Yom Kippur, also known as Day of Atonement, is the holiest day of the year for the Jewish people. Its central themes are atonement and repentance. This year it it takes place Friday night October 3rd and finishes sundown the next day.
Ten days of Penance by Italian artist Azra Somekh reflects on the ten days that pass between the Jewish New Year and the end of Yom Kippur. During these days an individual should examine him/herself and use this opportunity to correct mistakes before the judgment on the last day. According to the artist after ten days the penitent is in front of a ladder; he/she can remain at the same spiritual level, go up or go down.
Jewish people traditionally observe Yom Kippur with an approximate 25-hour period of fasting and intensive prayer, often spending most of the day in synagogue services.
According to Jewish tradition, God inscribes each person's fate for the coming year into a book, the Book of Life, on Rosh Hashanah, and waits until Yom Kippur to "seal" the verdict. During the Days of Awe, a Jew tries to amend his or her behavior and seek forgiveness for wrongs done against God (bein adam leMakom) and against other human beings (bein adam lechavero). The evening and day of Yom Kippur are set aside for public and private petitions and confessions of guilt (Vidui). At the end of Yom Kippur, one hopes that they have been forgiven by God.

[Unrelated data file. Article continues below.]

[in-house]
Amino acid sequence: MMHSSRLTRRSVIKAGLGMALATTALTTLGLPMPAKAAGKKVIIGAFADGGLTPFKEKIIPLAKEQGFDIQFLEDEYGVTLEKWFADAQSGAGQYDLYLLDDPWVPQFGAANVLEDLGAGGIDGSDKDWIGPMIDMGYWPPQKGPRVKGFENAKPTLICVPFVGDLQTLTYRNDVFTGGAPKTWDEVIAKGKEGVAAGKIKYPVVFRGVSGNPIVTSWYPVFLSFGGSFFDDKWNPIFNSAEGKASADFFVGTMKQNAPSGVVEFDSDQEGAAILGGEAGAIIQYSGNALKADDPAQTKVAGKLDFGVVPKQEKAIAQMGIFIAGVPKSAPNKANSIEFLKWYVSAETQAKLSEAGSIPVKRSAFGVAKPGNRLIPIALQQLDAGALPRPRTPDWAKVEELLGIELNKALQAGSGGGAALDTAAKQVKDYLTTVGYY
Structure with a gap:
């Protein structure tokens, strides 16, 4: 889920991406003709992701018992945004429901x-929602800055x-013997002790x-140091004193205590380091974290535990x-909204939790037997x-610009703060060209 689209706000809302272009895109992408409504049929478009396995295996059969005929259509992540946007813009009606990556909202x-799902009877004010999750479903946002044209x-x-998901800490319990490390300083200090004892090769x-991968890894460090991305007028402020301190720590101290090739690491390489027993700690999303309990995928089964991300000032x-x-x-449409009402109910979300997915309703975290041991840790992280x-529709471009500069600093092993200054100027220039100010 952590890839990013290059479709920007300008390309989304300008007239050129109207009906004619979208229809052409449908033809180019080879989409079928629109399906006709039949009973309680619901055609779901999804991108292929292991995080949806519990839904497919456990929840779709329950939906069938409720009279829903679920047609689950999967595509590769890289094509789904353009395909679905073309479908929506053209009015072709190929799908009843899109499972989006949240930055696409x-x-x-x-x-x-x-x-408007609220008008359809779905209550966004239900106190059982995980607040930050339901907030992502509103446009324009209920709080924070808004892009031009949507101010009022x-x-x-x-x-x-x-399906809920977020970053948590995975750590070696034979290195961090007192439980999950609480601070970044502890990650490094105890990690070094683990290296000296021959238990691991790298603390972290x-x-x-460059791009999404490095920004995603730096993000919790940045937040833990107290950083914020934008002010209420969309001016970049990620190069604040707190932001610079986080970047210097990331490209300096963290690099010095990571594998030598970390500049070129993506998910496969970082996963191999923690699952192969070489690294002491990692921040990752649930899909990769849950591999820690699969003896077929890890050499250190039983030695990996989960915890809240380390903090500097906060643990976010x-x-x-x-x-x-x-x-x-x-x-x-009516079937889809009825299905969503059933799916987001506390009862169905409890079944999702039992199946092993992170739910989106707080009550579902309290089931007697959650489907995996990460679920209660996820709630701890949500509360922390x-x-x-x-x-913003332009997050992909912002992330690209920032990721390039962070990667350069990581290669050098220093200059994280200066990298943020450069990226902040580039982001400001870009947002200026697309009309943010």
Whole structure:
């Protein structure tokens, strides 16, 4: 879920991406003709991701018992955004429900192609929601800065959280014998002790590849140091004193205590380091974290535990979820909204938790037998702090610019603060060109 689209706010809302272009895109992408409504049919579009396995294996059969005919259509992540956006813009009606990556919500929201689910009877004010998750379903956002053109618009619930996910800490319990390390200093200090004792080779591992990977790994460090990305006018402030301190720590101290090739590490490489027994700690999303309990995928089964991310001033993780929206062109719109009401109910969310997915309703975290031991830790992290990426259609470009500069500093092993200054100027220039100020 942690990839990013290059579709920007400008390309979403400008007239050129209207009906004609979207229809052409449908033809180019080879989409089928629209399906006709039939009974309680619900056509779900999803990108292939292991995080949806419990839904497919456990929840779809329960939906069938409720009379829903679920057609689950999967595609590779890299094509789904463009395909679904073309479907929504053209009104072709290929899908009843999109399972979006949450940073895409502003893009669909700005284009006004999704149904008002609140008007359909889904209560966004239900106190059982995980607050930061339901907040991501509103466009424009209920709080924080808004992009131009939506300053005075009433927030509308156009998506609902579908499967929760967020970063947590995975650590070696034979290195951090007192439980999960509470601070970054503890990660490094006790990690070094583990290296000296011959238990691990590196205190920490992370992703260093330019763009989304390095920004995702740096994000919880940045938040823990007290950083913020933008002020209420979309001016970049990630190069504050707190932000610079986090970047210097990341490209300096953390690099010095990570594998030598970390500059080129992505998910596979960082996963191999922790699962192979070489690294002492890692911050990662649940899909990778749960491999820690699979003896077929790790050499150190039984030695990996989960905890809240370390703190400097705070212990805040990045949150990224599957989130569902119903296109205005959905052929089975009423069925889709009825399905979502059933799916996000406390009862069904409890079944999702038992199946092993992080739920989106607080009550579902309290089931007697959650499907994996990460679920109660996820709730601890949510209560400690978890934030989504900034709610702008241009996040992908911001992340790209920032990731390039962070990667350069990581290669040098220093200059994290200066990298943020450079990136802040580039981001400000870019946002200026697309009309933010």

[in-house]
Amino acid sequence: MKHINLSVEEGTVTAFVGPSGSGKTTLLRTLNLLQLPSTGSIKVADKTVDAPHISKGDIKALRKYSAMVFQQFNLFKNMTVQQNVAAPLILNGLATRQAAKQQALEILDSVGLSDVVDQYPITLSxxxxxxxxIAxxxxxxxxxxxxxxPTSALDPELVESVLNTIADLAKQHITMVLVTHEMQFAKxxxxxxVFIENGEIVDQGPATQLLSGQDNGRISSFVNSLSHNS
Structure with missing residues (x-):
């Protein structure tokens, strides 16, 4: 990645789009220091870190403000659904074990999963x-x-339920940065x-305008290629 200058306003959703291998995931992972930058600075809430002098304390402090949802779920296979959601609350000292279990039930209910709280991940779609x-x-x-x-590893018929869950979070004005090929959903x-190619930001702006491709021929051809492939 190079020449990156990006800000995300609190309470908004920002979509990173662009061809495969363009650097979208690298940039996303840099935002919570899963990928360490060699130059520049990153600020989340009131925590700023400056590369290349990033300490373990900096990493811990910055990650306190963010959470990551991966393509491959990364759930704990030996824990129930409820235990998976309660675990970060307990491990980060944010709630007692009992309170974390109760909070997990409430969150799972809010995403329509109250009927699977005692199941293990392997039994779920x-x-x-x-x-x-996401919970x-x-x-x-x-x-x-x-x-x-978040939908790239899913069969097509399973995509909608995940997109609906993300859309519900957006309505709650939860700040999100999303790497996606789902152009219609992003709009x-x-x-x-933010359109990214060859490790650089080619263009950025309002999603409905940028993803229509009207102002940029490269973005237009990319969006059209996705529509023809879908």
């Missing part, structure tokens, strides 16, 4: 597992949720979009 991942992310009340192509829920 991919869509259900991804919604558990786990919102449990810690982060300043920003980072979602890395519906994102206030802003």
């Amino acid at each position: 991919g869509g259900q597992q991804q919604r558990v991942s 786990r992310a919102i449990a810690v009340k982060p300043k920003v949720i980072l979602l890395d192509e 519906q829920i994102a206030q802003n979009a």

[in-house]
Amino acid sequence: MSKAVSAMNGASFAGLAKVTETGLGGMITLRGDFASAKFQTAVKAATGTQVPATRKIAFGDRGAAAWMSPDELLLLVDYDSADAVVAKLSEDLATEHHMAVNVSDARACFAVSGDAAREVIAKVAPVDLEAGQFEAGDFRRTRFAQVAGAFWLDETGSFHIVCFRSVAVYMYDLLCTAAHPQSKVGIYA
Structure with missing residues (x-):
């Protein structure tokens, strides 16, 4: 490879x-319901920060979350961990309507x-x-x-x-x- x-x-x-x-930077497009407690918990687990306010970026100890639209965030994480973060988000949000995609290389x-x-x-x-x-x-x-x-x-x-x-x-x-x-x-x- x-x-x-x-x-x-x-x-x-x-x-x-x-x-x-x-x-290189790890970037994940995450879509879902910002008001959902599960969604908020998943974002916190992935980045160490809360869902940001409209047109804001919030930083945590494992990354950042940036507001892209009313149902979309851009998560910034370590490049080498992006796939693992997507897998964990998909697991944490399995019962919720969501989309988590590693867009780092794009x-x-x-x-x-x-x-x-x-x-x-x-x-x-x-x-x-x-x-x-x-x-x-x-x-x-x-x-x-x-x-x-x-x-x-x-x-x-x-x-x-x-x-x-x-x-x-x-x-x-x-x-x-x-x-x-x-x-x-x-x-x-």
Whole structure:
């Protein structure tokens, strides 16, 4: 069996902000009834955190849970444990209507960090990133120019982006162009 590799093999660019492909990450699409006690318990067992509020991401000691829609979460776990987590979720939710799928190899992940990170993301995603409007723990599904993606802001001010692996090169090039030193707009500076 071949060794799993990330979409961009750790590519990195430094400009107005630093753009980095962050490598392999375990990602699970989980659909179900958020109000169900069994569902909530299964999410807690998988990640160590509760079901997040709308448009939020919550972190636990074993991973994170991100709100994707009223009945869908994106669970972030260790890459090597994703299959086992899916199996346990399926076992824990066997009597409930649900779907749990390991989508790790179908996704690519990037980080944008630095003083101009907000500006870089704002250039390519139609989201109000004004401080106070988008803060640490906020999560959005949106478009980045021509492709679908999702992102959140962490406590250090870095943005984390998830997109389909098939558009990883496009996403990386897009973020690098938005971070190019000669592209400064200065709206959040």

In order to apologize to God, one must:
Give to charity.
The traditions for this day are as follows:
No eating and drinking
No wearing of leather shoes
No bathing or washing
No anointing oneself with perfumes or lotions
No marital relations
Total abstention from food and drink usually begins 20 minutes before sundown, and ends after nightfall the following day. Although the fast is required of all healthy adults over 12 or 13, it is waived in the case of certain medical conditions.
Virtually all Jewish holidays involve a ritual feast, but since Yom Kippur involves fasting, Jewish law requires one to eat a large and festive meal on the afternoon before Yom Kippur, after the Mincha (afternoon) prayer.
Wearing white clothing (or a 'kittel' for Ashkenazi Jews), is traditional to symbolize one’s purity on this day.
Image: courtesy of Arza Somekh
2001, 5761, 21,7 x 33,5 inches; acrylic on canvas